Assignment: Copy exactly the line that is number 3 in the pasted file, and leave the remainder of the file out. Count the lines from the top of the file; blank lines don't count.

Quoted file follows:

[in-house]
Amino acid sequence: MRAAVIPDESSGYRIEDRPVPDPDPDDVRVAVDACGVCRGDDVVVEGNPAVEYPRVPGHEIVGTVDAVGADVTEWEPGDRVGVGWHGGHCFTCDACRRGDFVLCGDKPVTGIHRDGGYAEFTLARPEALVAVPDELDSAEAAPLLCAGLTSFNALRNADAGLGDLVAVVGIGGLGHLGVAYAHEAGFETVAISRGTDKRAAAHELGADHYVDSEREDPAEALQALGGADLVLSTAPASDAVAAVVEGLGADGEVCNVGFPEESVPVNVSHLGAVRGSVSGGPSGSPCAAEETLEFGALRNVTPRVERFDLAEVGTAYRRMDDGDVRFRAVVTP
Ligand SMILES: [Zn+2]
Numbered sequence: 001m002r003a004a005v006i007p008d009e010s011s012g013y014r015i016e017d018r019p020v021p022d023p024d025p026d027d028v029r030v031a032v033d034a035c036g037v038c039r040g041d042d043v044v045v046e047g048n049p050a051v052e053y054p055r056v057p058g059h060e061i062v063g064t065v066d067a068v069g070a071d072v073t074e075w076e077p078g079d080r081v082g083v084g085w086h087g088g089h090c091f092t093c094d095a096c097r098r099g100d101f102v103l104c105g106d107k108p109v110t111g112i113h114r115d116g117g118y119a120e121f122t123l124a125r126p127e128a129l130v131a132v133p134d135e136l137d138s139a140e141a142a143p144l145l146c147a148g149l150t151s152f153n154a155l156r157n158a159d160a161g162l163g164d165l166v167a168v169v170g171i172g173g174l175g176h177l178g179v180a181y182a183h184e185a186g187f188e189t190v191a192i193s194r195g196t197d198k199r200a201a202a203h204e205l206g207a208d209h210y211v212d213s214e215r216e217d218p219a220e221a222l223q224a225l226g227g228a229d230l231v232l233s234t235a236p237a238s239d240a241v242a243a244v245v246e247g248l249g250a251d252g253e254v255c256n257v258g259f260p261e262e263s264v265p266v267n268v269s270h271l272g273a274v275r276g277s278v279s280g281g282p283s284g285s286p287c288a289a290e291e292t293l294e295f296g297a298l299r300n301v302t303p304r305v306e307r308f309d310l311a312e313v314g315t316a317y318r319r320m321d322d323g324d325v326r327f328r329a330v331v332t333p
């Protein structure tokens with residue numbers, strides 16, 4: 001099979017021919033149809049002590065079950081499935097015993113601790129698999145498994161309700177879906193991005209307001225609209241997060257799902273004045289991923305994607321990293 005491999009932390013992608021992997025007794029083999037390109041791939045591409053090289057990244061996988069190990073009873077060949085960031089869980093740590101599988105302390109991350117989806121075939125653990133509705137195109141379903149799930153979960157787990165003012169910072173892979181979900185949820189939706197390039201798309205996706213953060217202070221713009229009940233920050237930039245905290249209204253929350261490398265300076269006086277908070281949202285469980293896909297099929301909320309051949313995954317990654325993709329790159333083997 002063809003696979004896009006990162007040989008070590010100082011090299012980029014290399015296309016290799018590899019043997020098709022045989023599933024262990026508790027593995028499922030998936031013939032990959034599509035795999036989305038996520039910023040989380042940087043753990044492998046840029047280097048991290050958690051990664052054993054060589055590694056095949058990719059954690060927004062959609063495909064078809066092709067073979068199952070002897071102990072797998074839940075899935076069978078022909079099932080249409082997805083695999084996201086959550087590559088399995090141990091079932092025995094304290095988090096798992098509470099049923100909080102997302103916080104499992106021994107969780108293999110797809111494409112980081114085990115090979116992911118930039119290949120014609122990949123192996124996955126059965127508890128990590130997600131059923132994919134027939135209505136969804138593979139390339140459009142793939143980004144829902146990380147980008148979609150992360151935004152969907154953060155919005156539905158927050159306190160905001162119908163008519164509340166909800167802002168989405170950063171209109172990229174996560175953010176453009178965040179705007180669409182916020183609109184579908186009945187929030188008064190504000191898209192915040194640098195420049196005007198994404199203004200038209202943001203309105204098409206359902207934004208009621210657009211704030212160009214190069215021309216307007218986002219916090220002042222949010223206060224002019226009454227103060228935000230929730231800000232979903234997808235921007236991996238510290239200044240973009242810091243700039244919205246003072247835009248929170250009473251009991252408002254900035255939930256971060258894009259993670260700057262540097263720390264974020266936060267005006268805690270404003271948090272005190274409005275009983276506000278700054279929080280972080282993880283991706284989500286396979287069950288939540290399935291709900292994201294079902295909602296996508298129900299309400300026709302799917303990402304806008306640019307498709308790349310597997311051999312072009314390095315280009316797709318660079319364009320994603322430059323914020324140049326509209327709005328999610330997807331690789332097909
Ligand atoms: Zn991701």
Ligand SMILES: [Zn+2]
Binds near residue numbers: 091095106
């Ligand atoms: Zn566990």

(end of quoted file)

Ligand SMILES: [Zn+2]